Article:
British scientist James Smithson died on June 27, 1829. He left an endowment “to the United States of America, to found at Washington, under the name of the Smithsonian Institution, an “establishment for the increase and diffusion of knowledge among men.” Some regarded his bequest as a trifle eccentric, considering Smithson had neither traveled to nor corresponded with anyone in America.
A fellow of the venerable Royal Society of London from the age of twenty-two, Smithson published numerous scientific papers on mineralogy, geology, and chemistry. He proved that zinc carbonates were true carbonate minerals, not zinc oxides; one calamine (a type of zinc carbonate) was renamed “smithsonite” posthumously in his honor.
An act of Congress signed by President James K. Polk on August 10, 1846, established the Smithsonian Institution. After considering a series of recommendations, which included the creation of a national university, a public library, or an astronomical observatory, Congress agreed that the $508,318 bequest would support the creation of a museum, a library, and a program of research, publication, educational outreach, and collection in the natural and applied sciences, arts, and history.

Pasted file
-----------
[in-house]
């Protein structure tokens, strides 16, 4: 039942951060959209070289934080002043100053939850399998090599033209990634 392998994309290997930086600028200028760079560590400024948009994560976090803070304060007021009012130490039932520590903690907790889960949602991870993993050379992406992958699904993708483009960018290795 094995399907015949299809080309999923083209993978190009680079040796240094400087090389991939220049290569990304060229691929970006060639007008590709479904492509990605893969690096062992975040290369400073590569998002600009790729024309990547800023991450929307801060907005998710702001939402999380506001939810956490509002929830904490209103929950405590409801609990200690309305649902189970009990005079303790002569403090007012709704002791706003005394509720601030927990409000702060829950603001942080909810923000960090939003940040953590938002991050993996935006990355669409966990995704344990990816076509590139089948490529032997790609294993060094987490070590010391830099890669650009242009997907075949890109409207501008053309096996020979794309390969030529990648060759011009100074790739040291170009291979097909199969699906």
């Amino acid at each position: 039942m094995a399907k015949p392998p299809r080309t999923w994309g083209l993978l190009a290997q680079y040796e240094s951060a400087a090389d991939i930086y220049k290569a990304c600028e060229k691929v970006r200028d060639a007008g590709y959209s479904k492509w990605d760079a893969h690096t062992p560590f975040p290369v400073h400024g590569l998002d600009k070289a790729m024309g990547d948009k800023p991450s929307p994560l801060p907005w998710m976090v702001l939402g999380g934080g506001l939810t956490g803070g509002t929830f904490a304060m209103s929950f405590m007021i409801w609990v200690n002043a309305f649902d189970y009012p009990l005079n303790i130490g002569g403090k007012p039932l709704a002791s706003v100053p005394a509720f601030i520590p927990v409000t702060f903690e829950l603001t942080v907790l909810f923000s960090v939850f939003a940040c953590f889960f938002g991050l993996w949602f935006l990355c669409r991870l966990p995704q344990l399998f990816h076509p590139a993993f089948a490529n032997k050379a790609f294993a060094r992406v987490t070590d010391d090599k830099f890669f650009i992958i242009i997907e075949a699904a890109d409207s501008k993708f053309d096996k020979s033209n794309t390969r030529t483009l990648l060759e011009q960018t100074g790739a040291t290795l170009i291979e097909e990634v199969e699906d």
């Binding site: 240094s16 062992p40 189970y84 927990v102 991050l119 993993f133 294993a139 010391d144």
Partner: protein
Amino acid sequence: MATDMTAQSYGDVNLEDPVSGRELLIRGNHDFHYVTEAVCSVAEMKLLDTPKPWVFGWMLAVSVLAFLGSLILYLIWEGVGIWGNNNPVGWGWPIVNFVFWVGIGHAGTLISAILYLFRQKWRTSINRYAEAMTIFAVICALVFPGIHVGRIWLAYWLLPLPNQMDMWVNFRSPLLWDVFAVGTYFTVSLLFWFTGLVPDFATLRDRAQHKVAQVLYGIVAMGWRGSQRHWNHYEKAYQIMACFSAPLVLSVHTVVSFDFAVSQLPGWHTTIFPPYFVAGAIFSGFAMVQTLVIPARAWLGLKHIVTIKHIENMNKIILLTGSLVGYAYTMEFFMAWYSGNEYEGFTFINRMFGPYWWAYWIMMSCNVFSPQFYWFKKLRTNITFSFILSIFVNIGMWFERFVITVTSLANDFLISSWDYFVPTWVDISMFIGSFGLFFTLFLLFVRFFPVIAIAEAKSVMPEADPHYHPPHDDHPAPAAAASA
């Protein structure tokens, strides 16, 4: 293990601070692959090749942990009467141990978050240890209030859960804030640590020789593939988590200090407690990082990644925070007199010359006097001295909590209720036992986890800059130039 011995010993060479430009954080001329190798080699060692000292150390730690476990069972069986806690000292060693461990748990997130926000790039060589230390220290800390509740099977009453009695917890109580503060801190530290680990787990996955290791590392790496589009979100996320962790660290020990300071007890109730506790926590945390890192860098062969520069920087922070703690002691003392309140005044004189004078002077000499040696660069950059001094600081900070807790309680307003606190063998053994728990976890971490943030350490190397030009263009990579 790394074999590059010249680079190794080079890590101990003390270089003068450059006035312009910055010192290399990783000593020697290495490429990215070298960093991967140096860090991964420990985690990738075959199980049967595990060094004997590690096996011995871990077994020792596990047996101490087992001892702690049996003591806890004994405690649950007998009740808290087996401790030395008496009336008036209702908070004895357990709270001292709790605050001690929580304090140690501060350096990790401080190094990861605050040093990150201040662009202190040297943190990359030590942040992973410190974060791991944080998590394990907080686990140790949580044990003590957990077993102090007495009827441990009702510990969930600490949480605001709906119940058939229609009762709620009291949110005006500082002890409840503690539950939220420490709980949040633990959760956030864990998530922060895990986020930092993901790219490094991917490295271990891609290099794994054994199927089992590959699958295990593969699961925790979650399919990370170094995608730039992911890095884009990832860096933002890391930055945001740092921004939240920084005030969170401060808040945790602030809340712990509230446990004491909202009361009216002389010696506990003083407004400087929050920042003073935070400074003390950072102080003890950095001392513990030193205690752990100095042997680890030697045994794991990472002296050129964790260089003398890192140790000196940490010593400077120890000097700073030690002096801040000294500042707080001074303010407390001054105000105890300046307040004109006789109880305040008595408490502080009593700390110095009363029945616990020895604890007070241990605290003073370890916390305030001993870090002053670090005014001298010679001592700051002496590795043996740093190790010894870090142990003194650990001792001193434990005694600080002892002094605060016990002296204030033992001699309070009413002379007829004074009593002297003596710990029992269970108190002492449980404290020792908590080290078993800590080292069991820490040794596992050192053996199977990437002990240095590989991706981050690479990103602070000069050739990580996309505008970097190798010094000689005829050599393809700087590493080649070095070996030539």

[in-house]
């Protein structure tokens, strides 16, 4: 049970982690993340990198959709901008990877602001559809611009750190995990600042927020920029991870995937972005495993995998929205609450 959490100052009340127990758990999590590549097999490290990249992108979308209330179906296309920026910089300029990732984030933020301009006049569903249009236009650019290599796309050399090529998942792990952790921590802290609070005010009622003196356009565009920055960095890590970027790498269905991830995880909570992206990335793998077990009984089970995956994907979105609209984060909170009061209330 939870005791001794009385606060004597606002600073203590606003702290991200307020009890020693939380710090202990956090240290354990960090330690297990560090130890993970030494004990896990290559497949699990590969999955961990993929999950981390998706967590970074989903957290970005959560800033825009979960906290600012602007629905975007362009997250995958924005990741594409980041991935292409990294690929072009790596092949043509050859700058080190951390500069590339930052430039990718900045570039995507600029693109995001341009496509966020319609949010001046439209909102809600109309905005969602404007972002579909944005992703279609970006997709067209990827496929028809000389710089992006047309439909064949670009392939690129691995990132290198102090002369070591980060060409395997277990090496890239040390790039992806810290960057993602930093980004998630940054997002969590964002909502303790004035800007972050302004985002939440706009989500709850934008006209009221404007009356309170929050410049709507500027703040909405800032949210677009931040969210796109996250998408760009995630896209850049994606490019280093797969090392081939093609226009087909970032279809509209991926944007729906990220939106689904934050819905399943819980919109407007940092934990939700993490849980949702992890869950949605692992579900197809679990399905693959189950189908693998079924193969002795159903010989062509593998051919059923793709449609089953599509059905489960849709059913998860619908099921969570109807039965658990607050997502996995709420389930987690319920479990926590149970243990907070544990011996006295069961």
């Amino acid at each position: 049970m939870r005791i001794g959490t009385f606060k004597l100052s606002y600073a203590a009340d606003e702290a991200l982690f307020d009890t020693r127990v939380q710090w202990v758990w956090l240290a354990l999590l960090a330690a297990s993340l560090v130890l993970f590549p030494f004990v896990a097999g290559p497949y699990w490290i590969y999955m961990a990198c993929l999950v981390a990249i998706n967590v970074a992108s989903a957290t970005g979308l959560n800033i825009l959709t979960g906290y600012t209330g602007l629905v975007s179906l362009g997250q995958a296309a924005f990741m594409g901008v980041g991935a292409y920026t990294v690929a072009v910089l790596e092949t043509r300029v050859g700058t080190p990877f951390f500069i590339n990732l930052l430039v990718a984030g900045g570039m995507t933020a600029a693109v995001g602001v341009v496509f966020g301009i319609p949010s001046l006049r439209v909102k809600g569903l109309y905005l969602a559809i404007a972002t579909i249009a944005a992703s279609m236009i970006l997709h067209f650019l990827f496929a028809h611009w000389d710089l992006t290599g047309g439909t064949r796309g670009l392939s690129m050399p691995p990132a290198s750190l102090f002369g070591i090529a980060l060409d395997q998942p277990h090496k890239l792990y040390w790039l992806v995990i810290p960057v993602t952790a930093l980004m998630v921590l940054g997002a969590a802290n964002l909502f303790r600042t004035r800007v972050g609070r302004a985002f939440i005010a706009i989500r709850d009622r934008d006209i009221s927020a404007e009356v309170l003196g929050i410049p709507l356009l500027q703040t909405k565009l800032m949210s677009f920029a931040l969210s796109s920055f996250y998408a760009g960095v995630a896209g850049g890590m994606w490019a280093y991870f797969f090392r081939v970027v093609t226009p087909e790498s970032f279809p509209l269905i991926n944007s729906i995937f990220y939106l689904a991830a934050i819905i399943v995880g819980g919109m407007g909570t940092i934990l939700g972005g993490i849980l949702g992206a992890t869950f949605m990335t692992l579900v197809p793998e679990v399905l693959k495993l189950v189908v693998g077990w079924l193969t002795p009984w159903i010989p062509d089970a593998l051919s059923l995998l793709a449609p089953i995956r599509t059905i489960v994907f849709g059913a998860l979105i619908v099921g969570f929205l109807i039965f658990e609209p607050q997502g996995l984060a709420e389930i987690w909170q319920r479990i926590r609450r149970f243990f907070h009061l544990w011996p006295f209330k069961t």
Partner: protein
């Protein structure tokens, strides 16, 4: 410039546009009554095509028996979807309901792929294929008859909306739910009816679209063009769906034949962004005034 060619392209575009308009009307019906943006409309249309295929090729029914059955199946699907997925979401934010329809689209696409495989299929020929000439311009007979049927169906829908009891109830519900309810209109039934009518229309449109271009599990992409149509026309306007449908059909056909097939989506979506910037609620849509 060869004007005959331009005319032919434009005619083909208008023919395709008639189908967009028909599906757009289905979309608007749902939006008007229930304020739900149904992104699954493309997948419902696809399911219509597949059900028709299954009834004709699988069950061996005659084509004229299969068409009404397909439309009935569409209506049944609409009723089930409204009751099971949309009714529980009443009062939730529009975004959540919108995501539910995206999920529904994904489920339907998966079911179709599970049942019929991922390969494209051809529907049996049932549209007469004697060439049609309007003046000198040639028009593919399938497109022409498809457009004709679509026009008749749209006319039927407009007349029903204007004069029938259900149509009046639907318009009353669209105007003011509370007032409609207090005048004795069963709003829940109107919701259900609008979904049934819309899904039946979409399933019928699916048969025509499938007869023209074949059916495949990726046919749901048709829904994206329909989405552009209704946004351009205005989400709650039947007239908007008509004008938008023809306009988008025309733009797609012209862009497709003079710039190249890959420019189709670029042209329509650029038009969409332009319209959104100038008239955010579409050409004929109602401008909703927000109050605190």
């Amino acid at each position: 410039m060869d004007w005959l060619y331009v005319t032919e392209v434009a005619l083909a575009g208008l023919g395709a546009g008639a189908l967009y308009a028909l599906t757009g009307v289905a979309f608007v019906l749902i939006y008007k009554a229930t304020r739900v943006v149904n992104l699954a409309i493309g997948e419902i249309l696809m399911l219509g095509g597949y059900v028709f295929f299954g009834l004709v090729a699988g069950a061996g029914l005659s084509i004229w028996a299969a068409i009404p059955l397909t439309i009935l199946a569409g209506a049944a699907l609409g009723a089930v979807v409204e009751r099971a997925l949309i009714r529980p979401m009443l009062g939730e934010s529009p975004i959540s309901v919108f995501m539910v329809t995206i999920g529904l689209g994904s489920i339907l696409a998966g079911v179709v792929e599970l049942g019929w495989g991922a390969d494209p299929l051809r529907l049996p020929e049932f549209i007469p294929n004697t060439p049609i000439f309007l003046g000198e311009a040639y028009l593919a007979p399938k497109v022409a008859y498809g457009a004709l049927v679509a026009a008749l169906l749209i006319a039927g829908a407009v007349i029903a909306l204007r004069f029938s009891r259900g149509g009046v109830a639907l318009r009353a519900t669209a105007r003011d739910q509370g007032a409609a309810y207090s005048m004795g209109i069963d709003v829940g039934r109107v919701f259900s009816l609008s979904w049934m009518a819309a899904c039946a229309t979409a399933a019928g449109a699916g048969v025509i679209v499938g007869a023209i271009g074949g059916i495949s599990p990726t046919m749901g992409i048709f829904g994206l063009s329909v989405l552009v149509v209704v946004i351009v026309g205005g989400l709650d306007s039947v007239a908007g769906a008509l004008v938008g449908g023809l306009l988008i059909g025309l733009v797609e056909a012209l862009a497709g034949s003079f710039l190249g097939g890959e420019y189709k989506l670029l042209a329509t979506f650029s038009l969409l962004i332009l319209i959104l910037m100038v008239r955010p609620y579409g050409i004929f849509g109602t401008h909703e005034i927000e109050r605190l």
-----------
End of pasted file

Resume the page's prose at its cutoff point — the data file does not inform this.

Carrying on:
The collections and libraries of the Smithsonian have continued to grow through donations and purchases. Today, the Institution comprises 19 museums, 144 affiliate museums, and 9 research centers throughout the United States and the world. The original Smithsonian Institution Building is popularly known as the Castle. Visitors to Washington, D.C., can frequent a variety of Smithsonian facilities including the National Museum of Natural History External, which houses the natural science collections, the National Zoological Park External, the National Museum of the American Indian External, and the National Portrait GalleryExternal. Opened in 2016, The National Museum of African American History and Culture External is the latest addition to the Smithsonian Institution’s collection of museums.
The National Air & Space Museum External, which exhibits marvels of aviation history such as the Wright brothers’ 1903 Flyer and Charles Lindbergh’s airplane, the Spirit of St. Louis, has the distinction of being the most visited museum in the world.